Innovation and startups are inseparable. Startups are guided by the desire to “make a little dent in the universe” by offering something new or unique to the customers. Small businesses have no such ambition. The founders’ motivation is often to have a source of income or to make money from an activity they are passionate about or to serve the needs of a local market. And they do so by following a tried-and-tested business model unlike startups whose job it is to search for a business model that they can successfully repeat and use to scale their business.

C. Difference between a startup and a mature company

Remember Steve Blank’s definition of a startup? He defines a startup as “a temporary organization designed to search for a repeatable and scalable business model” This somewhat puzzling definition becomes crystal clear when seen in contrast to his definition of a mature company.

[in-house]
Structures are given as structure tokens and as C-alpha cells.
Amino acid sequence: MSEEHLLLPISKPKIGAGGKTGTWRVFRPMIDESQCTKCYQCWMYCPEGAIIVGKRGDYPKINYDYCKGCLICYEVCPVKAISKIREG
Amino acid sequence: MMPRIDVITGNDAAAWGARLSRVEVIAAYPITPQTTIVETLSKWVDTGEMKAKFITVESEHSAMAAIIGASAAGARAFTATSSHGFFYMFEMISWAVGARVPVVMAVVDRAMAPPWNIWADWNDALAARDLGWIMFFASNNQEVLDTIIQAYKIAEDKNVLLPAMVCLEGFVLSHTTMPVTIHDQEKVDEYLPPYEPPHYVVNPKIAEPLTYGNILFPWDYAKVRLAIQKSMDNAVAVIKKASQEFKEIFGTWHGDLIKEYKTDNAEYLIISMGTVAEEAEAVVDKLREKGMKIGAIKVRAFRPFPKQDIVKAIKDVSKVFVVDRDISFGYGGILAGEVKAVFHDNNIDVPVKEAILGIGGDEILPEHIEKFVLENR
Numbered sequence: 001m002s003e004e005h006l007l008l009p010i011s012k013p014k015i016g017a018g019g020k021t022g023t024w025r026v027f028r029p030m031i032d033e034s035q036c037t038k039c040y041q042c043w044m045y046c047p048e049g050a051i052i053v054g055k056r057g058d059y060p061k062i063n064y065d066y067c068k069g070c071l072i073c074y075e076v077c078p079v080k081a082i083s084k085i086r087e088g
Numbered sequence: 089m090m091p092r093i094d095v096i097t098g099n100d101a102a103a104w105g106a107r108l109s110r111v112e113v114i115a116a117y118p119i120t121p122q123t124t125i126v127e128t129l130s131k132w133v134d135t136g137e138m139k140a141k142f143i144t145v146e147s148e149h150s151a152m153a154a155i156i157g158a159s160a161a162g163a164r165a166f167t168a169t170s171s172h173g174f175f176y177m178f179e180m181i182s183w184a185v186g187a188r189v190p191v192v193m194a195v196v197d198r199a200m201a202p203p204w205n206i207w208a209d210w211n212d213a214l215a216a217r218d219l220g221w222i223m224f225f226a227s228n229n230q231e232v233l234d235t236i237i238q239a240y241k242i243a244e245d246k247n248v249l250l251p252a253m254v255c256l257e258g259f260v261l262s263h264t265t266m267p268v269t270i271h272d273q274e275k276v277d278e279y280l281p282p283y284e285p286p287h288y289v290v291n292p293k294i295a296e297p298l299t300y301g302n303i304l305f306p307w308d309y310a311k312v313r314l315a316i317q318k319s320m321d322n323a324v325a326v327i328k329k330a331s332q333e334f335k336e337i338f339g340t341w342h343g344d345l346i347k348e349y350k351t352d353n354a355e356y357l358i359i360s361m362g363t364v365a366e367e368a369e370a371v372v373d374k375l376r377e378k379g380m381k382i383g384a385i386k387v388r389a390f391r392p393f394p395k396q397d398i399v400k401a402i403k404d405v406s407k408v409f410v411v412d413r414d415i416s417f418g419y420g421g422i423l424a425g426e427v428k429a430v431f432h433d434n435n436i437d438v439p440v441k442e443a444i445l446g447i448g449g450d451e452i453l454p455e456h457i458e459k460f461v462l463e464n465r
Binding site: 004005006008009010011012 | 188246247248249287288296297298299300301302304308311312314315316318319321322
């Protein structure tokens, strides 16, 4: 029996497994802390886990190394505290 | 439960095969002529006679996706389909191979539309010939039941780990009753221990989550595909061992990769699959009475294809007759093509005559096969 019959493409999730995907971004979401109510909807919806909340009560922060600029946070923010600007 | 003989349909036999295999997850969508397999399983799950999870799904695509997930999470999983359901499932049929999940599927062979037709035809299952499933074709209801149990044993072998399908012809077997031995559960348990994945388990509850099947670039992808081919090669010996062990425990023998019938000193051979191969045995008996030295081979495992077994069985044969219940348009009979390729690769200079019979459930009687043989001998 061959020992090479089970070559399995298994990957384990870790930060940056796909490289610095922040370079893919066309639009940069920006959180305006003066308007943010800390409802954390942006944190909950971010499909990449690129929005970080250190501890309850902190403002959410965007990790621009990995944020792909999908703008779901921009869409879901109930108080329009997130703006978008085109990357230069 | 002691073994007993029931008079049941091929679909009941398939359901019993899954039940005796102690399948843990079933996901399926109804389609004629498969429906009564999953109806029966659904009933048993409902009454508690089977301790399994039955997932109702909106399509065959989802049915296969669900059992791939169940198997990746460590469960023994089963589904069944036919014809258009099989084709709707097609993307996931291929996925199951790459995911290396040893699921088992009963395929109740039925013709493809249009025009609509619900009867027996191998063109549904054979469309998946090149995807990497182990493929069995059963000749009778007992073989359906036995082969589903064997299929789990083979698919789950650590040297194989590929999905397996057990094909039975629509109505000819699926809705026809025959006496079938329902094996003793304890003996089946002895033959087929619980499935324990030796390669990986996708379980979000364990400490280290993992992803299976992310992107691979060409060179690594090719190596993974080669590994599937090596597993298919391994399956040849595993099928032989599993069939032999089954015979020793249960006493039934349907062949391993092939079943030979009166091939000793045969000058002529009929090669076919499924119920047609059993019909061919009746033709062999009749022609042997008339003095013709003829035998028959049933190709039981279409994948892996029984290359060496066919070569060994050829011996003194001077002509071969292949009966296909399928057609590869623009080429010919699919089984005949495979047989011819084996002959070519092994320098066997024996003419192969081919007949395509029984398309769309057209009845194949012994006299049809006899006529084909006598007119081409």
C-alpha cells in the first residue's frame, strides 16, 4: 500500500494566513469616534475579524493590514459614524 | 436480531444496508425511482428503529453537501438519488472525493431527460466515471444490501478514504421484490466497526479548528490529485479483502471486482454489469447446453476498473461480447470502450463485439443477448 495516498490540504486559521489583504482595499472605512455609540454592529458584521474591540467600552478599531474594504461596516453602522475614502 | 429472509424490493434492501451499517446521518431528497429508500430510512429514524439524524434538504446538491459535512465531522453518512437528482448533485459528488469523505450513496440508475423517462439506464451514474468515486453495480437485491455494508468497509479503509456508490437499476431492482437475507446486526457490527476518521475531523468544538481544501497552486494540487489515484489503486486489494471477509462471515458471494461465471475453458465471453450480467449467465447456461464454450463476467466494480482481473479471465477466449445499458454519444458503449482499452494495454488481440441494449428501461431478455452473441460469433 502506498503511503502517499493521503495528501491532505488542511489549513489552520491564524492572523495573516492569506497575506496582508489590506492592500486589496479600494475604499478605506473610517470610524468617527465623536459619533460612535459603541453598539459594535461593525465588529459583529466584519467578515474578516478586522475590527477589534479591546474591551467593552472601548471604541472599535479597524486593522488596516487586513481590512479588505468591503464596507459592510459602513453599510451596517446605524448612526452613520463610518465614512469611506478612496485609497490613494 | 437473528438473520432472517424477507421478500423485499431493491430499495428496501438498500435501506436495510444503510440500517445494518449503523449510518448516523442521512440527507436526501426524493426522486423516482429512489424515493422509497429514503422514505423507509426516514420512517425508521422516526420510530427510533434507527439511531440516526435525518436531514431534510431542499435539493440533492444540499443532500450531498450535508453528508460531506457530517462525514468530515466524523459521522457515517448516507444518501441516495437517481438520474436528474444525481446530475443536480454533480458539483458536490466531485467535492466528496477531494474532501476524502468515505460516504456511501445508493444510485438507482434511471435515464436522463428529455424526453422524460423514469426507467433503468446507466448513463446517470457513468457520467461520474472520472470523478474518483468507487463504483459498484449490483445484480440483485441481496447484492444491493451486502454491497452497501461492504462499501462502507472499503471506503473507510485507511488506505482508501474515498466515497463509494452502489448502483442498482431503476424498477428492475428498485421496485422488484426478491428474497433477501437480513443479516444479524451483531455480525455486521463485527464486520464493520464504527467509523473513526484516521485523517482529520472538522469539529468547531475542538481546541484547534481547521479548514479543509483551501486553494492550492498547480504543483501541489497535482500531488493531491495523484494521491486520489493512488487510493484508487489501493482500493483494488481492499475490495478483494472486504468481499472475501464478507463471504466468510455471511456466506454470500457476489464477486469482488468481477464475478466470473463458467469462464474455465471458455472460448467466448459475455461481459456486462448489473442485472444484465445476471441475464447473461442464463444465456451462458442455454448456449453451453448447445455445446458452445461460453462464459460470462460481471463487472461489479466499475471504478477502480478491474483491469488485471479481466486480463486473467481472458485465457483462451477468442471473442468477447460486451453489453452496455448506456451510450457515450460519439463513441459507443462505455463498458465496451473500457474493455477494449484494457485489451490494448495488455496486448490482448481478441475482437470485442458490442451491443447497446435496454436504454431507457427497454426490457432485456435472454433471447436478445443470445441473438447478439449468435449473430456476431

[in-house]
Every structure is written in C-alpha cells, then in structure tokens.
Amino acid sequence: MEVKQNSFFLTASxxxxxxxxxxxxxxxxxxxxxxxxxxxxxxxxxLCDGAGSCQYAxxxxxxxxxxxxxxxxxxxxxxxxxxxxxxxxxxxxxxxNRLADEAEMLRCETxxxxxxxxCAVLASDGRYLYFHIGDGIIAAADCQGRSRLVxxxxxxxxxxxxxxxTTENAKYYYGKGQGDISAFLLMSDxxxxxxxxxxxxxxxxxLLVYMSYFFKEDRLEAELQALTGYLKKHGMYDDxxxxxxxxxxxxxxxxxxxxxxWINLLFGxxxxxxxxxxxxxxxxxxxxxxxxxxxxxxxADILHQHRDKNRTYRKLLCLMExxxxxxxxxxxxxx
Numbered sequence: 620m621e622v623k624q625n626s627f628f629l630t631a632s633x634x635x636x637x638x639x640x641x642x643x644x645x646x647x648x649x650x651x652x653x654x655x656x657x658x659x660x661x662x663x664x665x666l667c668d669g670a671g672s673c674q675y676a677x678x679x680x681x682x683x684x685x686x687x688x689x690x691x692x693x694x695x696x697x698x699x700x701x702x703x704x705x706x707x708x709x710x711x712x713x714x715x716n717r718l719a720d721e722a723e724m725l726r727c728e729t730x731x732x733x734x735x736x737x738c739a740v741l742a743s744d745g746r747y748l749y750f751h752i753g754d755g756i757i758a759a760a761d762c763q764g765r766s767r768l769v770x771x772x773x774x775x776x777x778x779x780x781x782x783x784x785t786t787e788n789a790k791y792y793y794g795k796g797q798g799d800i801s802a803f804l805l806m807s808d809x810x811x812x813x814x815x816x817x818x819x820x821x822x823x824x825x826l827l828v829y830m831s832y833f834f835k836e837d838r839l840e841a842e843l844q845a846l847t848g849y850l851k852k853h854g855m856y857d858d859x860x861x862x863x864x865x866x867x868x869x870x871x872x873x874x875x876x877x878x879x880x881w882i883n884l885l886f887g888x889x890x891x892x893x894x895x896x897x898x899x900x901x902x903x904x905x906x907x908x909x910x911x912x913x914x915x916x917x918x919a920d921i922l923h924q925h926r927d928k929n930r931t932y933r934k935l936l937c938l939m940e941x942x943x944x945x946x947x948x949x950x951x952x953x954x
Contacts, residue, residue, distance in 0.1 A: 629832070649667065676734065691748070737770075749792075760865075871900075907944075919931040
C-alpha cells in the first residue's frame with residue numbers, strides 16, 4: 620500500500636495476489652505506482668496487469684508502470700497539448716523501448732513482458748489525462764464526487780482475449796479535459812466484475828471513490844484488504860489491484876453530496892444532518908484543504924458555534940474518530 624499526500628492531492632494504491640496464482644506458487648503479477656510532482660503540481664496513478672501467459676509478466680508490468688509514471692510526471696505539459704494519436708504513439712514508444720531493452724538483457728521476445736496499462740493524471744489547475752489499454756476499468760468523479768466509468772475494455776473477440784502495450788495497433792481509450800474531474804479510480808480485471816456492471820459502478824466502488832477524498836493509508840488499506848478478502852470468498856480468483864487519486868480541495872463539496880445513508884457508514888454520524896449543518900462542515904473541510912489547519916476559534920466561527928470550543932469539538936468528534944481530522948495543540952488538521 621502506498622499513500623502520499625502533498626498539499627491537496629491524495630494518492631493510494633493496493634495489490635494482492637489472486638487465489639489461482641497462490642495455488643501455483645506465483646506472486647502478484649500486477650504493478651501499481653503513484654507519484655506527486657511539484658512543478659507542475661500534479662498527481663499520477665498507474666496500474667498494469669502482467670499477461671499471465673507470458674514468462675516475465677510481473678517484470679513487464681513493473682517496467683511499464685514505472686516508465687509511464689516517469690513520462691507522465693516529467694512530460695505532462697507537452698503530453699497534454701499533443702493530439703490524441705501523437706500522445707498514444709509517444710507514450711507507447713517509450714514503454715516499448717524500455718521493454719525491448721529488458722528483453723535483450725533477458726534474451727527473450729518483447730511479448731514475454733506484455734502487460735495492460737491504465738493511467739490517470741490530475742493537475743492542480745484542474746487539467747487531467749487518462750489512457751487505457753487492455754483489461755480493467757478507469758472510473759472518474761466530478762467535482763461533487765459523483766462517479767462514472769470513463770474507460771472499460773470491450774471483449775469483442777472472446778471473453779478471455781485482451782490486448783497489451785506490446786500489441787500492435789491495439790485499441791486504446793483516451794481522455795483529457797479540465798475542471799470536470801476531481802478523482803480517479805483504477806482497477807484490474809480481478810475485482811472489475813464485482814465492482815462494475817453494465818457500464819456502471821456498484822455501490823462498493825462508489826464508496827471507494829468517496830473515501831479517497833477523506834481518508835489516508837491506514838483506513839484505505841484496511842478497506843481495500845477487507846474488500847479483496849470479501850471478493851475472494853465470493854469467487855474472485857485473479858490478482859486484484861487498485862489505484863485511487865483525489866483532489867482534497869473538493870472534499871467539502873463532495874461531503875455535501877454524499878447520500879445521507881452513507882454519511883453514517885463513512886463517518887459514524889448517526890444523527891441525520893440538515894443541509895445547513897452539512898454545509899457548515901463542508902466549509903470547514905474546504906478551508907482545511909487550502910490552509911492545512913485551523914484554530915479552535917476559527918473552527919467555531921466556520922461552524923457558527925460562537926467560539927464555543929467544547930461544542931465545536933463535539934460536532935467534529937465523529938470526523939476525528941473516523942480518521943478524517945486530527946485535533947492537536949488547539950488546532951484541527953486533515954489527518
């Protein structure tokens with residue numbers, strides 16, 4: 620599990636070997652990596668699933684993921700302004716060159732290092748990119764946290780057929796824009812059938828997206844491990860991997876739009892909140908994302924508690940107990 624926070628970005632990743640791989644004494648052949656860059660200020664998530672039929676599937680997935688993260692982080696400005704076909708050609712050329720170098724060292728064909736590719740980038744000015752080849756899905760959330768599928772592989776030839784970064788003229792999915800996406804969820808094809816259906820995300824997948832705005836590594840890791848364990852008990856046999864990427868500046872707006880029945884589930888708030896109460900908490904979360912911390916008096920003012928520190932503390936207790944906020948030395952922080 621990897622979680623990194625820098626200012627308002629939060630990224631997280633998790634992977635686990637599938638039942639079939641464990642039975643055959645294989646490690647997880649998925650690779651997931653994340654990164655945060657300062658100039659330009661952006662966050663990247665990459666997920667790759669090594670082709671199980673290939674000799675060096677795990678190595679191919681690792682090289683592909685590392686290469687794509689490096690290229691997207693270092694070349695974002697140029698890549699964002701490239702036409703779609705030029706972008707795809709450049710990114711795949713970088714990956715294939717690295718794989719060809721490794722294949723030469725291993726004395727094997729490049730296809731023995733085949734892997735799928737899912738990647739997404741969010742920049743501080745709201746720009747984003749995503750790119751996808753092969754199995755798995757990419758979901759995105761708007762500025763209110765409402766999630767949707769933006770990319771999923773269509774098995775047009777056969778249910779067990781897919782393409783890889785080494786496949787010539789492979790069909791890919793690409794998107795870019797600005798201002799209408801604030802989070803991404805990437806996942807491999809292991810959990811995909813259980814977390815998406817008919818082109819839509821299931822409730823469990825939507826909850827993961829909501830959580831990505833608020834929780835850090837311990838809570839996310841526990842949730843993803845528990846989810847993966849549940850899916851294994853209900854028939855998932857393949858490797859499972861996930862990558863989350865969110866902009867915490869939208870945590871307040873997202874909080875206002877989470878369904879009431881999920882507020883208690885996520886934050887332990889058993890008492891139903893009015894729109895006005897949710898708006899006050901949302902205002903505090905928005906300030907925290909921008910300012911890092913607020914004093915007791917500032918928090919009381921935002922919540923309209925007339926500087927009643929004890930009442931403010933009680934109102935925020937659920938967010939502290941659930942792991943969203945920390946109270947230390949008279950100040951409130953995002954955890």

He says:

A (large) company is a permanent organization designed to execute a repeatable and scalable business model.

Blank emphasizes that a startup is not a mini version of a large company. The difference between the two is essentially of type. A startup is still looking for a business model that can be successfully repeated and scaled. For this reason, it is normal for most startups to change their business models several times in their journey until they find one that allows them to increase their revenue, customers, traffic, and so on in a repeatable way.

The day a startup finds that business model, it ceases to be a startup and transitions to become a mature company. In their quest to find the right business model, some startups perish, while others succeed and stop being startups. This is what makes startups a “temporary organization.”